Wednesday, May 25, 2016

A shocking tale of censorship! Elton John threatens one of my friends, Paddy Manning! Listen closely


What's behind Milo's slogan "Feminism is Cancer"?

The ruckuses caused by Milo Yiannopoulous' speeches across the country are escalating! By chance I had the luck of speaking to one of the organizers who arranged to have him speak at UC Santa Barbara months ago, and we had a calm and informative discussion about the meaning of "Feminism is Cancer."

Thursday, May 19, 2016

CogWatch 28 -- Fellow traveler Katy Faust shares a Christian angle

This podcast was recorded a few months back but is still as relevant as ever!


Thursday, May 5, 2016

CALL FOR PAPERS -- NOVEMBER 11-12: THE CHILD IN JUDEO-CHRISTIAN PHILOSOPHY










The “Child” in Judeo-Christian Philosophy

full name / name of organization: 

International Children’s Rights Institute and Christian Concern (United Kingdom)


London, United Kingdom

November 11-12, 2016



contact email: 

waltwhitman2007@gmail.com


Website:



http://englishmanif.blogspot.com

Deadline for proposals: July 15, 2016

Scholars at all levels encouraged to submit (Panels will be grouped to respect different tiers of expertise depending on submissions)

Over the past decade, the notion of “children’s rights” has become highly contested, both in political and academic terms. On the one hand, many self-proclaimed progressive groups have invoked the rights of children to promote sexual education, same-sex parenting, and transitional treatment for “transgender minors” as young as toddlers. Such progressive citations of “children’s rights” often raise the interests of children as a counterpoint against the objections of parents’ rights, especially parents with religious values. On the other hand, “children’s rights” have been invoked by dissenters from mainstream liberal politics. Both radical feminists and adoption reformists on the left, as well as social conservatives on the right have asserted that children’s interests should not be dictated by adults who overlook other issues in “the best interests of the child.” For instance, what of the child’s universal rights to matrilineal and patrilineal heritage, normal sexual development, or pathway to membership in the religious mores of their parents?


While the tension between these two branches of “children’s rights” has played out in many secular forums, such as the United Nations Human Rights Council, it is most apparent in the area of religion. Religious institutions and religious parents are most often confronted with the choice between raising children according to their faith and cooperating with secular liberal demands about children. 


For this conference, all disciplines in the humanities, ranging from English and philosophy to history and art, are asked to address the dilemma of children’s rights in Christian thought. The hosts of this conference would like to solicit paper proposals for two panel topics in particular:


Panel 1: Depictions of Children in Sacred Texts or in Artistic Works by Religious Writers


Panel 2: Obligations to Children in Jewish and Christian Law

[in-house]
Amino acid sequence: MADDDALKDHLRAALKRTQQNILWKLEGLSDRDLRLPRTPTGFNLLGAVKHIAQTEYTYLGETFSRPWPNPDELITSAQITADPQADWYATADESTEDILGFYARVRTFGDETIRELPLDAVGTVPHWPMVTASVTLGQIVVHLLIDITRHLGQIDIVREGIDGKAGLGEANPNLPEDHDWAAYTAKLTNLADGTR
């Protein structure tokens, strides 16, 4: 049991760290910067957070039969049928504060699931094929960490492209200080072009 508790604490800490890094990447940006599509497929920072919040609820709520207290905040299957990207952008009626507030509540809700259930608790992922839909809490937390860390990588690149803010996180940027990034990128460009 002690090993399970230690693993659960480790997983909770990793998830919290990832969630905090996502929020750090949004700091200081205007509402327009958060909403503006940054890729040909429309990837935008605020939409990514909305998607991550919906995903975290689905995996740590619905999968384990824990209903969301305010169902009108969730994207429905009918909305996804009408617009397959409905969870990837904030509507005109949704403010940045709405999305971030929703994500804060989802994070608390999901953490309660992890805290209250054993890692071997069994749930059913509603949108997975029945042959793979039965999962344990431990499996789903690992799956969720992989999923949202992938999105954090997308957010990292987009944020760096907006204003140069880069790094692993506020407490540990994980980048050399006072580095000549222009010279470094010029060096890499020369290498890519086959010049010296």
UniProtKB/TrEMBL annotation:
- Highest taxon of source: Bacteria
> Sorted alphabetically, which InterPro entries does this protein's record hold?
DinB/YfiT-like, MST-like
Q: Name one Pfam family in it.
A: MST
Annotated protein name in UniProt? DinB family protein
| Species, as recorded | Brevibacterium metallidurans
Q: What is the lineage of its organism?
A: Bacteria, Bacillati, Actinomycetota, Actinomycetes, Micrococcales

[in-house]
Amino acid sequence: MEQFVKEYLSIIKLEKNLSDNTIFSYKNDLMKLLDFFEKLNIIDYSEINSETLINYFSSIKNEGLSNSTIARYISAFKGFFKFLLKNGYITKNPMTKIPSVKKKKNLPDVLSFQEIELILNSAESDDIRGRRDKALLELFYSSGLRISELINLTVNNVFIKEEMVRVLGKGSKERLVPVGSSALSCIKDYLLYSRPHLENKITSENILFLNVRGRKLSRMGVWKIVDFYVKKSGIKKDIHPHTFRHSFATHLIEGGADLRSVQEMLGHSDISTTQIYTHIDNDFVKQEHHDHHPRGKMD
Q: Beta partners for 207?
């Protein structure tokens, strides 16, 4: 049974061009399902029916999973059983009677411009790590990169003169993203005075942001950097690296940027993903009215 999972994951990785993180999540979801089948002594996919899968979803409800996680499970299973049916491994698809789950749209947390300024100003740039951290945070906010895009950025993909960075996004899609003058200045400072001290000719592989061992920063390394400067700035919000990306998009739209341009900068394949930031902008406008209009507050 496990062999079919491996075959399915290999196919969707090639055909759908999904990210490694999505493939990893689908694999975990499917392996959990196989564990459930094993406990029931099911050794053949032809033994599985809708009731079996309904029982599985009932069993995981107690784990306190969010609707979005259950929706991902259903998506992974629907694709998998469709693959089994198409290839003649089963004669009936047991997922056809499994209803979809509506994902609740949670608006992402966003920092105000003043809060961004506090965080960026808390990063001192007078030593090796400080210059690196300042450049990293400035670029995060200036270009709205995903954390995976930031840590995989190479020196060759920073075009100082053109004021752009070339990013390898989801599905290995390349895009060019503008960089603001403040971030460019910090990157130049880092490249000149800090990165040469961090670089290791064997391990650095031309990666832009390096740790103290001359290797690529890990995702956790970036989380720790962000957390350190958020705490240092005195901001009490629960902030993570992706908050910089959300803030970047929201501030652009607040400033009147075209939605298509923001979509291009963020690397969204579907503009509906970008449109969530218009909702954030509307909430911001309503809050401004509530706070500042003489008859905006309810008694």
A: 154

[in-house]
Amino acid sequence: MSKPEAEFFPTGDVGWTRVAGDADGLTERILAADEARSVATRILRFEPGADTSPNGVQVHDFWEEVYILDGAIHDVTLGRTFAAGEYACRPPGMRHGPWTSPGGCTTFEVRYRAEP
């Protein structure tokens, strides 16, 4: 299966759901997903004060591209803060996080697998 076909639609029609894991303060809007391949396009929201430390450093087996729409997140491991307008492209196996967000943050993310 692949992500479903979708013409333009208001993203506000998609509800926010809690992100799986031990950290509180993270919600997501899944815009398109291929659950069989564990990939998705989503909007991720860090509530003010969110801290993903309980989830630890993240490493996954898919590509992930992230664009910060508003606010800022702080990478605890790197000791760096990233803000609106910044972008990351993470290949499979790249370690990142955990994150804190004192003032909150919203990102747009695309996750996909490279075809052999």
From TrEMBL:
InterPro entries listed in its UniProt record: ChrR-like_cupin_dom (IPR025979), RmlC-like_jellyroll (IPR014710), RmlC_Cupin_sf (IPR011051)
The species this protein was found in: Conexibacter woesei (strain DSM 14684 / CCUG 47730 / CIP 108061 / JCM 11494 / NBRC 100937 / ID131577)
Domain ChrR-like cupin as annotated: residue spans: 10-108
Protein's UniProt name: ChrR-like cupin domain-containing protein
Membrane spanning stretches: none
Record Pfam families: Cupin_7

The moment to confront the role of children in Judeo-Christian philosophy is long overdue. Children have been a perennial weak spot among philosophers. For example, two of the dominant ethical theories, Kantianism and utilitarianism, have a difficult time making sense of our deeply held intuitions about how children ought to be treated. Kantianism, for instance, claims that people have rights because they have rational agency; the problem is, children have only incomplete rational agency, so it seems difficult for Kantians to defend the claim that children should have the same rights that adults have. 

Utilitarianism claims that all that is of ethical significance is pleasure and pain; thus, it winds up seeing young children as having no more ethical significance than have chimpanzees or dolphins. A recent book by S. Matthew Liao called The Right to Be Loved argues that children have a right to the affections of others. But where does this lead us? Who is assigned the power to determine whether the child is loved and whether the affection shown to the child matches an acceptable definition of “love”?

In the practical sense, what does this mean for Jewish or Christian schools and parents who grapple with demands from secular governments, which may conflict with their faith background?



Areas of focus may include, but are not limited to:

·       artistic renderings of the infant Jesus
·       adoption and birth certificates
·       narratives of childbirth, infertility, and pregnancy in Jewish and Christian scriptures
·       sex education
·       transgender surgeries for Jewish and Christian children
·       religious schools and government mandates on curriculum
·       how important Jewish and Christian authors depicted children
·       the history of laws regarding children in Judeo-Christian societies
·       divorce, unmarried parents, and orphans


The above is not an exhaustive list. Interested parties may send a proposal for a 15-20 minutes presentation to waltwhitman2007@gmail.com . Please include a bio or brief CV. The proposal should be 250-350 words. Requests for a audio-visual accommodations should be included in the initial proposal.


The conference will be held in London, England, on Nov. 11-12, coinciding with the American observance of Veterans Day.

This recent talk by Prof. Robert Oscar Lopez provides a lot of background detail on "children's rights":